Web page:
In this Activity, students investigate the fluorescence of highlighter marker ink and the principles employed in studying fluorescent molecules using a homemade fluorometer and different colored filters.
Systems, Order & Organization
In this Activity, students perform quantitative calorimetric measurements on samples of ice/water heated by incandescent light bulbs and/or convection with room-temperature surroundings. They measure and graph temperature as a function of time.
In this Activity, students collect data to determine whether two processes, flipping pennies and burning small birthday candles, follow zeroth- or first-order rate laws. Students first collect data on the number of pennies remaining "heads up" after several successive tosses and then measure the mass of a burning candle over time.
In this Activity, students use their deductive reasoning skills as they identify formulas of unknown elements and compounds modeled by paperclips. Each color of paperclip represents a different element, with linkages between different paperclips in appropriate ratios representing 20 unknowns.
In this Activity, students make a water filtration column using a 2-liter plastic beverage bottle that contains layers of gravel, sand, and activated charcoal. They prepare a contaminated sample of water and examine the filtration ability of the column. This environmental chemistry Activity can be used to complement a celebration of Earth Day.
In this Activity, students use multi-colored breakfast cereal and liquid to model the concepts of leachate and leaching from municipal solid waste disposed of in a landfill. Students create a modern landfill model with the same material. This environmental chemistry Activity can be used to complement a celebration of Earth Day.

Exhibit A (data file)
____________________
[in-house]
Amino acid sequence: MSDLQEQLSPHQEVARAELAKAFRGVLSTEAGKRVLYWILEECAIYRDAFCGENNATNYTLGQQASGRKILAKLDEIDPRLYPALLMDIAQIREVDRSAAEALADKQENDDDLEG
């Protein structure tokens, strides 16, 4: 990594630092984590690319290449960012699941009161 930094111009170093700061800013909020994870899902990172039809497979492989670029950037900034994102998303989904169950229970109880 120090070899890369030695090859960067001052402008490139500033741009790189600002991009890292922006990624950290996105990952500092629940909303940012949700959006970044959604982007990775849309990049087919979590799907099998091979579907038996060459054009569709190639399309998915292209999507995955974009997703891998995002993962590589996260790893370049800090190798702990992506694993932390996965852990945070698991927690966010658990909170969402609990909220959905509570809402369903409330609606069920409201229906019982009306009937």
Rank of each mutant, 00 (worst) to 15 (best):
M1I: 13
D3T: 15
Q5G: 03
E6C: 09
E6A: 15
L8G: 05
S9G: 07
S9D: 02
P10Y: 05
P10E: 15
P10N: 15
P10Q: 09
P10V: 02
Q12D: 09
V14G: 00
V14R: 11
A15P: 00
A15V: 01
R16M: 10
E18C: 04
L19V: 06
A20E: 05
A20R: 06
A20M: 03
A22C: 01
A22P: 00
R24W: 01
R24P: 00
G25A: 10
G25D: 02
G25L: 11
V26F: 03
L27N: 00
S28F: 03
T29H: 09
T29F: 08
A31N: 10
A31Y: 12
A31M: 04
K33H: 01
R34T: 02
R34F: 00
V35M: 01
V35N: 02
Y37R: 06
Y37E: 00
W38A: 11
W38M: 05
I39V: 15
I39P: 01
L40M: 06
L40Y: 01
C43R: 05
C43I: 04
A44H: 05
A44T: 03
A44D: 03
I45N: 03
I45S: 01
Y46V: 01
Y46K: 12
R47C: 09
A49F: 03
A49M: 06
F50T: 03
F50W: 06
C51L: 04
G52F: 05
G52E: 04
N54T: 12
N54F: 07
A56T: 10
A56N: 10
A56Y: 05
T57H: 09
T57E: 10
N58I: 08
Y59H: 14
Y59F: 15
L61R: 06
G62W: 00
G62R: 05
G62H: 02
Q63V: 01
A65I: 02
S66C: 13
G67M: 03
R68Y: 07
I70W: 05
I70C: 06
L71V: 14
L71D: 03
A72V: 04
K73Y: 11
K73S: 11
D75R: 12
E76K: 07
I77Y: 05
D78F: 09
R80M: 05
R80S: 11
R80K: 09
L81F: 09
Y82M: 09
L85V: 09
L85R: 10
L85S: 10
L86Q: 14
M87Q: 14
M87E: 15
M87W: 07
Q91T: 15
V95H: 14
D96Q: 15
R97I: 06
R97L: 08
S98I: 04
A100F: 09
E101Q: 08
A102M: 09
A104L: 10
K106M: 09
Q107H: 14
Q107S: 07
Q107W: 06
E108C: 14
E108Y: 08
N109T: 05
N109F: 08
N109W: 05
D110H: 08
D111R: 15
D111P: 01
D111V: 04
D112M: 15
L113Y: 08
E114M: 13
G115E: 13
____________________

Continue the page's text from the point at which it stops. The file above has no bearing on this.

In this Activity, students make funnels using plastic beverage bottles and rubber stoppers with differing numbers of holes or sizes of holes. They then determine the rate of flow of water through the funnels and identify factors that affect the rate of flow. This Activity uses easy-to-observe phenomena that model a chemical reaction with an identifiable rate-controlling step.
In this Activity, students investigate the luminescent properties of common items such as glow-in-the-dark stickers, wintergreen-flavored hard candies, and a chlorophyll solution made from spinach leaves. After making observations, they use a flowchart to categorize the luminescent items as fluorescent, phosphorescent, or triboluminescent.
In this Activity, students investigate concentration levels by using serial dilution to prepare several solutions of presweetened powdered drink mix. Students taste the solutions to determine at which concentration they first discern the sweetness. A connection is also made to the concentration of pollutants in air.
In this Activity, students investigate the process of osmosis through a differentially-permeable membrane formed by the precipitation of copper(II) hexacyanoferrate(II). This Activity allows students to watch and investigate osmosis, which reinforces the concept of transport in living cells.